A heart shaped face hovers over a mountain.

Finding safety and serenity at the Soul Sangah every fourth Tuesday of the month

The Soul Sangah is an intimate event rooted in the tradition of twelve-step support groups but with a broader door that is open to everyone. It meets on the fourth Tuesday of every month, and they had their first group this past January.

If you are struggling with addiction, the Soul Sangah welcomes you with open arms. And if you are struggling with life, the Soul Sangah welcomes you, too. If you are lonely and want to be around people who will listen, this group is there for you.

Timothy John Buford and Sara Joren are the two Shala members who co-facilitate the group. Like many of the connections taking place at the Shala, their partnership happened through serendipity, with a little help from GV.

“I knew I wanted to hold space to support members of the Shala, but I didn’t have any idea about what the group would look like,” said Sara. Going on to say, “GV introduced me to Tim the night before the Shala annual planning meeting, and the following morning, we were a team.”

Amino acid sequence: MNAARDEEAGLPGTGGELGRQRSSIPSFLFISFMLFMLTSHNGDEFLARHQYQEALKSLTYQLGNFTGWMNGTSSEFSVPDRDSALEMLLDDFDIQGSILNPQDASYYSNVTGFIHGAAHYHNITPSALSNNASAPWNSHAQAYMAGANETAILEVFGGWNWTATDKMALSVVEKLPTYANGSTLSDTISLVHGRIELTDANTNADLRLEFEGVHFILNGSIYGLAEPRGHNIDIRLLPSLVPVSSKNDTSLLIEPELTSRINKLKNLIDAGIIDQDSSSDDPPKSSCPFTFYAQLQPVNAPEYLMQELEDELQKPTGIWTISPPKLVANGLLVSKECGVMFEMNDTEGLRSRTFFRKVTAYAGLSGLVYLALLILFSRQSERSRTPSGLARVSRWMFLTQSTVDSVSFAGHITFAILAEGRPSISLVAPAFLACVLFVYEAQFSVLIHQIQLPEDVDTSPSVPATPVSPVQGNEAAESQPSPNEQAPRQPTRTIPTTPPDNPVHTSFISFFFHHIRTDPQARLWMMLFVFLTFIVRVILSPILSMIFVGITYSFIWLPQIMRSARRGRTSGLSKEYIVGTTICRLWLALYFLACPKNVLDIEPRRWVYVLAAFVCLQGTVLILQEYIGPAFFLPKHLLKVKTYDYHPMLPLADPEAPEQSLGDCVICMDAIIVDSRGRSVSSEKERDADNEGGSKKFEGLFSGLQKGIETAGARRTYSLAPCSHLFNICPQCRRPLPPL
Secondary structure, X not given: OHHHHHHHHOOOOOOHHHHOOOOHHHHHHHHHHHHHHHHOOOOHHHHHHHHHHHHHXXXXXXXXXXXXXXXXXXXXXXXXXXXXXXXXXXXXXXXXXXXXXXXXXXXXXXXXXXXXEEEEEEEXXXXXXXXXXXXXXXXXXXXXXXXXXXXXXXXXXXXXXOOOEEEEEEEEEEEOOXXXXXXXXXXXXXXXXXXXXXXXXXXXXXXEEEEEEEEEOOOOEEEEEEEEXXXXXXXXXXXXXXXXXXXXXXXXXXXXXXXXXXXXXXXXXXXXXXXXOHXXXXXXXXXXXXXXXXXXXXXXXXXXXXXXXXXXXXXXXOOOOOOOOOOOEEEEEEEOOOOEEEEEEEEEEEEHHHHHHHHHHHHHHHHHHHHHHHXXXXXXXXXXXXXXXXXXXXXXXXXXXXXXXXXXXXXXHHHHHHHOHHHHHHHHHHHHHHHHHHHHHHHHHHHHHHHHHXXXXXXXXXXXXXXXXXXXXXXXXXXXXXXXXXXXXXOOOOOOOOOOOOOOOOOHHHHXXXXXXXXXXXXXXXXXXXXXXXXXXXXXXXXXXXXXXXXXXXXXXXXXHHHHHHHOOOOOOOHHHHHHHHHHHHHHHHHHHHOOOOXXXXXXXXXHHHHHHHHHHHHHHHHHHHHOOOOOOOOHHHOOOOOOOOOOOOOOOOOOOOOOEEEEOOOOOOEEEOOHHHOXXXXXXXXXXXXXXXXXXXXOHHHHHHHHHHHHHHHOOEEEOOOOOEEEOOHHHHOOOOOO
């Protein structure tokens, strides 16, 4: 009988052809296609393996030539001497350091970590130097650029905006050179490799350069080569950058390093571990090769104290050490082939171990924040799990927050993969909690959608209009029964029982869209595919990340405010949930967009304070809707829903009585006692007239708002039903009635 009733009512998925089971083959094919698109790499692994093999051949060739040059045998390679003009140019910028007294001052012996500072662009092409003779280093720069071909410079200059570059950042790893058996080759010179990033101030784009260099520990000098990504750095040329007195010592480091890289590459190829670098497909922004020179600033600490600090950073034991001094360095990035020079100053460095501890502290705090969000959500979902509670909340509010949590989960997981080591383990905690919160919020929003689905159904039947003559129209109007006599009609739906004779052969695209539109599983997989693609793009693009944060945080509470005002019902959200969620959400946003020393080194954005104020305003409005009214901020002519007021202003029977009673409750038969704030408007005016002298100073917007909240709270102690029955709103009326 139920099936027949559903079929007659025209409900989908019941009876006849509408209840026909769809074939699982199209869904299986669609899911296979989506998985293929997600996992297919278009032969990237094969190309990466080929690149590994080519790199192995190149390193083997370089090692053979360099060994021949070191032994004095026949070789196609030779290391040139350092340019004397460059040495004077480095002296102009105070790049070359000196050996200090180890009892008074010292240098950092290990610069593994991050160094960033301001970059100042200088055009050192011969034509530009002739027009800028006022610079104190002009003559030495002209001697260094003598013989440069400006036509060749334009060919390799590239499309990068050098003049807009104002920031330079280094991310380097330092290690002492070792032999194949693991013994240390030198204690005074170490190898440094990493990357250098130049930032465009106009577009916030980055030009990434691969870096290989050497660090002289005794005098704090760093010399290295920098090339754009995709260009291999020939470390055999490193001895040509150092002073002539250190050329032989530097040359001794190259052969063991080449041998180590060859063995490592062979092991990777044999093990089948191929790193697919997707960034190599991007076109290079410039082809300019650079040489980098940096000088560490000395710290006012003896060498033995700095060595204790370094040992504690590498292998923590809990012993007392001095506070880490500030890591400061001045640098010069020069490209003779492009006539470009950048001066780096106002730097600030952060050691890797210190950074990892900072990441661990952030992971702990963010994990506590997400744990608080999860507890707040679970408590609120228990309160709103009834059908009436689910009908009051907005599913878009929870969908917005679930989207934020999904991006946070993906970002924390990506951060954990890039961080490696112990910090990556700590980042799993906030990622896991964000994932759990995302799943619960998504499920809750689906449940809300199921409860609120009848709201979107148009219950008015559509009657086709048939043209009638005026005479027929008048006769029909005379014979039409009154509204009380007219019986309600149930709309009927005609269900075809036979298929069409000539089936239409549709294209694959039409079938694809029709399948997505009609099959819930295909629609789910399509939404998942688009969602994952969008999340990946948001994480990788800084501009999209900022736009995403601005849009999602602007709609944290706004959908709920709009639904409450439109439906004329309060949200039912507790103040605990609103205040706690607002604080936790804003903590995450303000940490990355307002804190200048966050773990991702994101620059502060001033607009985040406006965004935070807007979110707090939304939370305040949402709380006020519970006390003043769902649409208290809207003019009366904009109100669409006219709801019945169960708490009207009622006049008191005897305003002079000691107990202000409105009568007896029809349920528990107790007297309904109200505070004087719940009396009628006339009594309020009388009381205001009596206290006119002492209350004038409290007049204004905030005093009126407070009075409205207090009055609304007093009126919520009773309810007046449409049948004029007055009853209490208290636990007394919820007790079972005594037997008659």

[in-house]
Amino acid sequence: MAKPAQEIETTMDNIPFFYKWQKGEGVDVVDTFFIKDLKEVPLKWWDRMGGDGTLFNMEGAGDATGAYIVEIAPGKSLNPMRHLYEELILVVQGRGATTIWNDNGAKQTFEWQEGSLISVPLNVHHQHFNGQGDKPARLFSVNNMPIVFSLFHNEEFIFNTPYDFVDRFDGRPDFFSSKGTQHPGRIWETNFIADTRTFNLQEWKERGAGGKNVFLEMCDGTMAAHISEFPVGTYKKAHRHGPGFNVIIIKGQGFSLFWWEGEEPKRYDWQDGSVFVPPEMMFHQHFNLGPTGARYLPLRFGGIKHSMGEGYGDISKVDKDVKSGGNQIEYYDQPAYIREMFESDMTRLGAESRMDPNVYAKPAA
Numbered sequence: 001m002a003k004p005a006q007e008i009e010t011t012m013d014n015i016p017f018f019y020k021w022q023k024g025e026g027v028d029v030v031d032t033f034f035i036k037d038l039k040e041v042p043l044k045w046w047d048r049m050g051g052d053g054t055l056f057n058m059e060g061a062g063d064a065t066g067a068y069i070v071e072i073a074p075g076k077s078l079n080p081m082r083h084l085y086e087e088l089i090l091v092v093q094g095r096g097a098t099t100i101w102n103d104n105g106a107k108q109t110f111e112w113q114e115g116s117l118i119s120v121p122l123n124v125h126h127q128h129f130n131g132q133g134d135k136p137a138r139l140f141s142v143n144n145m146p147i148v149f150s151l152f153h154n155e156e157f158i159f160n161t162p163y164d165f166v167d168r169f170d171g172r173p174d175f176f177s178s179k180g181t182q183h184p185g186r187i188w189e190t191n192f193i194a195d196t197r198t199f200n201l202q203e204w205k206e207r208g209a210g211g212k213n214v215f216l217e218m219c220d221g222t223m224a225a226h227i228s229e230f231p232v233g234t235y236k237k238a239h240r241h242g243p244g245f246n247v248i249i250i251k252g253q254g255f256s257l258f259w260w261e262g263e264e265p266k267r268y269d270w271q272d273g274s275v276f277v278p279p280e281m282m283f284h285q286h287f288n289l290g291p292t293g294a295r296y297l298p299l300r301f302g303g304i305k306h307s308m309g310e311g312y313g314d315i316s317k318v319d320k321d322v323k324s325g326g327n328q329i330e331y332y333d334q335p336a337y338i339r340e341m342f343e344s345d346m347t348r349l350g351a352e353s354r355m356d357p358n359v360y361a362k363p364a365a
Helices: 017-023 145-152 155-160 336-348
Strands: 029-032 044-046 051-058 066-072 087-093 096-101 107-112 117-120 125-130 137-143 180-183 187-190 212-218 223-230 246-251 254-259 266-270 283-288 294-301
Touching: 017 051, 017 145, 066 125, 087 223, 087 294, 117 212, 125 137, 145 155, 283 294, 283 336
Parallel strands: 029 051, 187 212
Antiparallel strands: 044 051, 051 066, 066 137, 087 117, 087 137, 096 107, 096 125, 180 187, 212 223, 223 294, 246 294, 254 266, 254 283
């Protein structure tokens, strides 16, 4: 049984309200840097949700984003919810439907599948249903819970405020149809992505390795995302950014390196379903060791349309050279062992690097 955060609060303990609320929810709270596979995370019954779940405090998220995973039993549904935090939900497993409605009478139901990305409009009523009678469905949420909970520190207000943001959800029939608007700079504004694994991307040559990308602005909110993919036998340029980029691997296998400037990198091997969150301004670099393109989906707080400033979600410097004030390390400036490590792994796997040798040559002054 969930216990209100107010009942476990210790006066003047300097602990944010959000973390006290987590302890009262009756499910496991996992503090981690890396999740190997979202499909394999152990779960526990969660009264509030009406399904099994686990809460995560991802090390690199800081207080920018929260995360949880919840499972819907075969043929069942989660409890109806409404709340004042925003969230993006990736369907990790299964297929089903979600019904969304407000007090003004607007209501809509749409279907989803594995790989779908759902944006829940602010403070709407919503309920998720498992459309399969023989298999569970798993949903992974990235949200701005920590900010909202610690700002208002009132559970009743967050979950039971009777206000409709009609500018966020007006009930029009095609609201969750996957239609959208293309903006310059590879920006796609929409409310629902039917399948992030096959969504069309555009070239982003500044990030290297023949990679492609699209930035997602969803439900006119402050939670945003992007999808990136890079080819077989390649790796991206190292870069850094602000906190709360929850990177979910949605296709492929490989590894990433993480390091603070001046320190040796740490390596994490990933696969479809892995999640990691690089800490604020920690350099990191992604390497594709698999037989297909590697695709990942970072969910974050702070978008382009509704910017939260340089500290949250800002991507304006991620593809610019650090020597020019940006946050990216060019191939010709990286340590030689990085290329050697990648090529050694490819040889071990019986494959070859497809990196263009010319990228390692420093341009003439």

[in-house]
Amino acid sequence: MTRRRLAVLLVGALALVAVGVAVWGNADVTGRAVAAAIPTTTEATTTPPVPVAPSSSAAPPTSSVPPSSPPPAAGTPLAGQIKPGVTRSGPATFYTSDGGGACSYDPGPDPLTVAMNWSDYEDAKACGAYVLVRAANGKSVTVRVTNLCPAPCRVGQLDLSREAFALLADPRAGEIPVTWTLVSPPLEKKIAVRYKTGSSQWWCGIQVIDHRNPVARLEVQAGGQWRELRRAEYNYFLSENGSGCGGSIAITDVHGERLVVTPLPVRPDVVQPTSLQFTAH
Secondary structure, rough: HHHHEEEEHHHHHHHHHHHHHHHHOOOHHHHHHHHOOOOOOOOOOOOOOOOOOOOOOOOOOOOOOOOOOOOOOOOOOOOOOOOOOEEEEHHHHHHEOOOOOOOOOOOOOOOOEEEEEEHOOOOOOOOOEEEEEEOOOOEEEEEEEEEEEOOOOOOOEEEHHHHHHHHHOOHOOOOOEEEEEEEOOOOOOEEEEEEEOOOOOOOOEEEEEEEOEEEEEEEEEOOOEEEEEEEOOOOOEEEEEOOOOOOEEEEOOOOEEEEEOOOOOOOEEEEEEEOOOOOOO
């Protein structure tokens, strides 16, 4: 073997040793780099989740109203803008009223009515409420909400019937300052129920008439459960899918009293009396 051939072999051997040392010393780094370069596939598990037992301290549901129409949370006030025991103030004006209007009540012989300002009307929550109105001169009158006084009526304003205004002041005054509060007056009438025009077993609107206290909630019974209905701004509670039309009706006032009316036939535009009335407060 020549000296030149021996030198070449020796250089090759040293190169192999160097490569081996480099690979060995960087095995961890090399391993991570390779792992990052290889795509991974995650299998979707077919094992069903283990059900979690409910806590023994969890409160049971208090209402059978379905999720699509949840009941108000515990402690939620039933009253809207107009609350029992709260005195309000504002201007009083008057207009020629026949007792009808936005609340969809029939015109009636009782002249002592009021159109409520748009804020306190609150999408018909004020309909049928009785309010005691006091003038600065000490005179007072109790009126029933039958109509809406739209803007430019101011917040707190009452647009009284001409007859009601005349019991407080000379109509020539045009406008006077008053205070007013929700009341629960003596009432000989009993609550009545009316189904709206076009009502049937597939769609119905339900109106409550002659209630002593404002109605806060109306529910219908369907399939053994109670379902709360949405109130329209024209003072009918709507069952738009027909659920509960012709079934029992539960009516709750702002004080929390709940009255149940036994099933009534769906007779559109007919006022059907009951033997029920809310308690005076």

Sara is a Licensed Professional Counselor in Missouri and Colorado and certified in addiction counseling in Colorado. She describes herself as “incidentally sober,” meaning her life’s current trajectory and the people she surrounds herself with don’t involve drugs or alcohol. Tim is in recovery and has a good length of sobriety under his belt. He’s part of other twelve-step groups, and he has led and facilitated traditional twelve-step groups.

“Some of the twelve-step groups have a lot of structure, and people need that,” Tim said. “With the Soul Sangah, we wanted to break down the format to have the least amount of structure that still allowed us to hold space for a broader group of people struggling with a wider range of issues.”

Both Tim and Sara are fascinated by etymology, and so their first group only used one word for a topic: “disciple.” Not in the sense that one must be disciplined, but in the original sense of the word discipulus, which means “student, learner, or follower.” They asked the group to consider what they might want to learn or follow and opened the floor from there.

The Soul Sangah embraces confidentiality and anonymity, but without saying who was at the first meeting or what was said, at a few people found a bit of magic in their first meeting this past January. “It was a really good meeting,” was the refrain I heard from multiple members. The members I spoke with all said they planned to return next month. And they encouraged me to come, too. And now I encourage you.

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